Wheelchair Basketball: The Beginnings
Wheelchair Basketball at Douglas
The wheelchair basketball program part of Douglas Athletics today was first started by SPSC faculty member Tim Frick (retired). Hailing from a background in wheelchair sports, Tim established an extra-curricular wheelchair basketball club program during his first year at the College.
The program started with Tim successfully persuading a single wheelchair user on campus to try the sport, and eventually gained traction as people from the wider community began joining and taking interest. It also offered opportunities for people from G. F. Strong who have been injured, as well as high school students who used chairs, to come learn about the sport and using wheelchairs for fitness.
National Training Camps at Douglas
Tim became the national team coach for the Canadian women’s wheelchair basketball team in 1990. When tournaments were held in Vancouver, Douglas College became the site for the national team’s training camps.
When the gym was not booked and had slots available, the team would have their practices in those free blocks. In other blocks, students – such as an elementary class from the district – would be brought in to observe the team’s practice, interact with the athletes, and learn about wheelchair basketball and disability. Wherever applicable, the national training camps were also integrated into relevant SPSC courses.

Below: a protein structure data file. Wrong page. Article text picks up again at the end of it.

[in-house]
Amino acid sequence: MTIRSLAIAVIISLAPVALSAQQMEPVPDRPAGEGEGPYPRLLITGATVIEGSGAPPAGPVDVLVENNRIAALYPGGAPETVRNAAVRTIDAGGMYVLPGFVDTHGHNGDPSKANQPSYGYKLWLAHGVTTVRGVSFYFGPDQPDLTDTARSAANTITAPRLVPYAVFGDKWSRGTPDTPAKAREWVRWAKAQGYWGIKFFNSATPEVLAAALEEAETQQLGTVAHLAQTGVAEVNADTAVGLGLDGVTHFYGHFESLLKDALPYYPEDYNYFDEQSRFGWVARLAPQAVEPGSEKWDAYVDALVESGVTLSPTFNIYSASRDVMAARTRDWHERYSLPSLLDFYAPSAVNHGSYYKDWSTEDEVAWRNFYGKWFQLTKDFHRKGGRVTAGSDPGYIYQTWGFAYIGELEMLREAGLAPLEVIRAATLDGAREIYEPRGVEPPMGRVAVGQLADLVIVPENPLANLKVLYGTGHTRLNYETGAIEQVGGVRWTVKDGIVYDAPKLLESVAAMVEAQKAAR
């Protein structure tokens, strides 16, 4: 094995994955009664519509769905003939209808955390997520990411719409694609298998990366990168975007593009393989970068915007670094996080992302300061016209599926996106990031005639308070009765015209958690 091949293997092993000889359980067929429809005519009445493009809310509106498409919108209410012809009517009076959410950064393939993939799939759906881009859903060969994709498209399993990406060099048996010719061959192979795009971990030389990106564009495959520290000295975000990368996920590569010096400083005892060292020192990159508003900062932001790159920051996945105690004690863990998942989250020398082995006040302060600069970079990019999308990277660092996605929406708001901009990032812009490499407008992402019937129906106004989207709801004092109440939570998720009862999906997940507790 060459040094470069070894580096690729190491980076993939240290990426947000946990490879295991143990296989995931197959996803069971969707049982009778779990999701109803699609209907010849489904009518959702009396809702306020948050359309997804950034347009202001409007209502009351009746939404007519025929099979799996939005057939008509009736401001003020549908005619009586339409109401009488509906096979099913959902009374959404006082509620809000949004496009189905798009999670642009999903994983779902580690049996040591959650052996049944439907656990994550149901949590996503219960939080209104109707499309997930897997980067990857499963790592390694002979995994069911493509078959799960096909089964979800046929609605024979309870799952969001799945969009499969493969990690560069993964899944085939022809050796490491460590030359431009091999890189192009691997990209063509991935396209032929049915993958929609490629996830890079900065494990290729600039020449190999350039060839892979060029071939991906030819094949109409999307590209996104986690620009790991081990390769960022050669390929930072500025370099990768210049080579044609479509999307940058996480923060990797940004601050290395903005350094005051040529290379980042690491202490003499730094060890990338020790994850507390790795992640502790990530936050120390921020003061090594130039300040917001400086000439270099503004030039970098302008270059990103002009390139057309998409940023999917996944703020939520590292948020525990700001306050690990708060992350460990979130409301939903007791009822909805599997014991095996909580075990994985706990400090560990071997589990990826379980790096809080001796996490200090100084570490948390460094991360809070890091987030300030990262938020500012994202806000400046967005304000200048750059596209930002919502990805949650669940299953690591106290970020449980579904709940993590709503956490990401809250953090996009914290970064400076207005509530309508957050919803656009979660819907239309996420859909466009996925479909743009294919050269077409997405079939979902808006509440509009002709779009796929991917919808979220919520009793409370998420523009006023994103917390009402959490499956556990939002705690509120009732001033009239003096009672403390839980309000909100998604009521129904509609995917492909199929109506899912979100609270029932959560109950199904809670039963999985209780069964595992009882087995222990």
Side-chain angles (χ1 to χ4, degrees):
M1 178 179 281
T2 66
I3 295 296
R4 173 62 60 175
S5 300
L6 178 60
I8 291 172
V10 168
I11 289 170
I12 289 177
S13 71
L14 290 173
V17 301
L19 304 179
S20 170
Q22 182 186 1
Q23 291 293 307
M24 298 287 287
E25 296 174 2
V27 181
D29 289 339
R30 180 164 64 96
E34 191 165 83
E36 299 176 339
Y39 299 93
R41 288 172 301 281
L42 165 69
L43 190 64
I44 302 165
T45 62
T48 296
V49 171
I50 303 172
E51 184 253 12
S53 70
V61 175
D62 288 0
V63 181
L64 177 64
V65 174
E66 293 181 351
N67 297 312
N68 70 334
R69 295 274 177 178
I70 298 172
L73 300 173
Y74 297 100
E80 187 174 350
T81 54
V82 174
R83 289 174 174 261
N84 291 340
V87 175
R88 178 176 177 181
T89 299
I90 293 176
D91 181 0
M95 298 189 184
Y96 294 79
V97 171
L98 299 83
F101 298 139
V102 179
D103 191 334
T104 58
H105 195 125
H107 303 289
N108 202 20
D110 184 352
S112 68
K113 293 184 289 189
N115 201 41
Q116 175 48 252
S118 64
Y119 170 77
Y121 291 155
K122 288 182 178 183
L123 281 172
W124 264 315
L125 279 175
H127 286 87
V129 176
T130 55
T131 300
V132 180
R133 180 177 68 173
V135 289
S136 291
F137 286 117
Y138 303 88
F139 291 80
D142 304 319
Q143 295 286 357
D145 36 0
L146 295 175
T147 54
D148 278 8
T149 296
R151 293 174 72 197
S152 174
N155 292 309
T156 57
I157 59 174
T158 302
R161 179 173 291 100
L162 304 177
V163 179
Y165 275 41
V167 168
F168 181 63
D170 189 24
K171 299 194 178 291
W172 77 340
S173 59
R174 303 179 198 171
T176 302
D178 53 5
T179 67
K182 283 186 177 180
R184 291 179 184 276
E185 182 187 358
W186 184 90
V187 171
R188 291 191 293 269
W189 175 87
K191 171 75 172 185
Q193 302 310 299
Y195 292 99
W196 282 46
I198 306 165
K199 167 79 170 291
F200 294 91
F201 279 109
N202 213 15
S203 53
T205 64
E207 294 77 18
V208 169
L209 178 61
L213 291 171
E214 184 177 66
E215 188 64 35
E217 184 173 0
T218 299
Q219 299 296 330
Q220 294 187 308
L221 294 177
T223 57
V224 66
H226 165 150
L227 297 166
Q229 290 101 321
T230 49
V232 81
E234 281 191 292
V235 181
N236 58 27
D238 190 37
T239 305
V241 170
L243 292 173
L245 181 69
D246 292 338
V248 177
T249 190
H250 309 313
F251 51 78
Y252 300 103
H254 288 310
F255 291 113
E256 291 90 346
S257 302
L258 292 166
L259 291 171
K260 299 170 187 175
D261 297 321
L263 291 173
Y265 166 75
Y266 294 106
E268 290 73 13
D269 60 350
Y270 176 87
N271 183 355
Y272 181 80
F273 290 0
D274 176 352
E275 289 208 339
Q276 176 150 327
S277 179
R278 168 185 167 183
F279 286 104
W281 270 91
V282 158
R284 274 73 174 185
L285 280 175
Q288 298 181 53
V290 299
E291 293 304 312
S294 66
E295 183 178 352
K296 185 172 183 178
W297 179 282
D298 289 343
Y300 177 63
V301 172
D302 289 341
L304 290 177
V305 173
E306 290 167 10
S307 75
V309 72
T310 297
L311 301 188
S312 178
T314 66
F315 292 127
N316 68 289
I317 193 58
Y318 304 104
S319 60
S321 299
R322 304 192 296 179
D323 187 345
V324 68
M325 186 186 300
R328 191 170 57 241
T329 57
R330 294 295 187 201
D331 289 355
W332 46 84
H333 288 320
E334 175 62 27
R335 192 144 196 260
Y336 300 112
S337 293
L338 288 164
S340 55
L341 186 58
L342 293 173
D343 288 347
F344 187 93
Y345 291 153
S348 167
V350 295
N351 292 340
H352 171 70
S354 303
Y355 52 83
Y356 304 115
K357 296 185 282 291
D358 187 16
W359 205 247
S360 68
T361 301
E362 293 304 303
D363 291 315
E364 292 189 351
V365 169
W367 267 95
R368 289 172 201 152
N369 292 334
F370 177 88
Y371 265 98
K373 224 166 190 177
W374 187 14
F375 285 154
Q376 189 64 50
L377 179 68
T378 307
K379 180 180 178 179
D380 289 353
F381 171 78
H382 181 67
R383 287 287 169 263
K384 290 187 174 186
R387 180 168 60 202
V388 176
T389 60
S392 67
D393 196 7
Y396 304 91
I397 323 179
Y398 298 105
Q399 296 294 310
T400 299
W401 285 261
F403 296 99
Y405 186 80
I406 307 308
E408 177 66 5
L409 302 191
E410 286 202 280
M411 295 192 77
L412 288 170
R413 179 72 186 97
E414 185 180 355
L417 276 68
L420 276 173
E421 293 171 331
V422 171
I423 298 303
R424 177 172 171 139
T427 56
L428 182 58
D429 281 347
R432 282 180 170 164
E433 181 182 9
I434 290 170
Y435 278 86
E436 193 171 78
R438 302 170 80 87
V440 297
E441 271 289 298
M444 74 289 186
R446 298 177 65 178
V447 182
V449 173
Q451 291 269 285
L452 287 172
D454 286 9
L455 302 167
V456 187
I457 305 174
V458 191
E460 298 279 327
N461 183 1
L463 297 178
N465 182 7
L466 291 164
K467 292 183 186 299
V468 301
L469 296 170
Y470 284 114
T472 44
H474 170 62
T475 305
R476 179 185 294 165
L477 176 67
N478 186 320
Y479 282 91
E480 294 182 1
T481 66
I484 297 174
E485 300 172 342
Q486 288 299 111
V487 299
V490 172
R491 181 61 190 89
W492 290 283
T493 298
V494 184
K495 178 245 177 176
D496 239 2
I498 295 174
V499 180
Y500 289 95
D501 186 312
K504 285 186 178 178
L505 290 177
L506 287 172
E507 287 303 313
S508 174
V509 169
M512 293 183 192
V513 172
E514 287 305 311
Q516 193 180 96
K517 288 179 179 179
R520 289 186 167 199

“I think [the presence of the national team] really helped enrich a lot of our courses…our students had great experiences meeting these elite disabled athletes…but also learning about awareness and some things about spinal cord injuries, or whatever the disability was – so I think that was pretty neat.”Tim, on integrating the national team’s training camps into SPSC courses
To run the wheelchair basketball program, faculty members Alan and Tim put forth a grant application to the John Hardie Mitchell Family Foundation, which donated wheelchairs in support of the initiative.
The chairs were used for both the after-curricular program and for enriching classroom learning. In his course PE 300 (The Analysis of Performance in Team Sports), Tim would include adaptive sports, such as wheelchair basketball and goalball, as part of the learning curriculum. Wheelchairs were practically incorporated into these adaptive classes, and were brought into classrooms to prompt awareness for accessibility and inclusion. Activities such as mini-Olympics designed around wheelchair relays and games were also developed to promote inclusivity.
The presence of the national team, by large, was an opportunity for many instructors to circulate knowledge on disability, awareness, and wheelchair sports. Other figures, such as Athletics Director Lou Rene Legge and athlete Rick Hansen, were also involved in promoting inclusion related to wheelchair sports at Douglas College. These operations continued throughout Tim’s time as the national team coach; as a result, Douglas College became more or less identified as a national training centre for wheelchair basketball.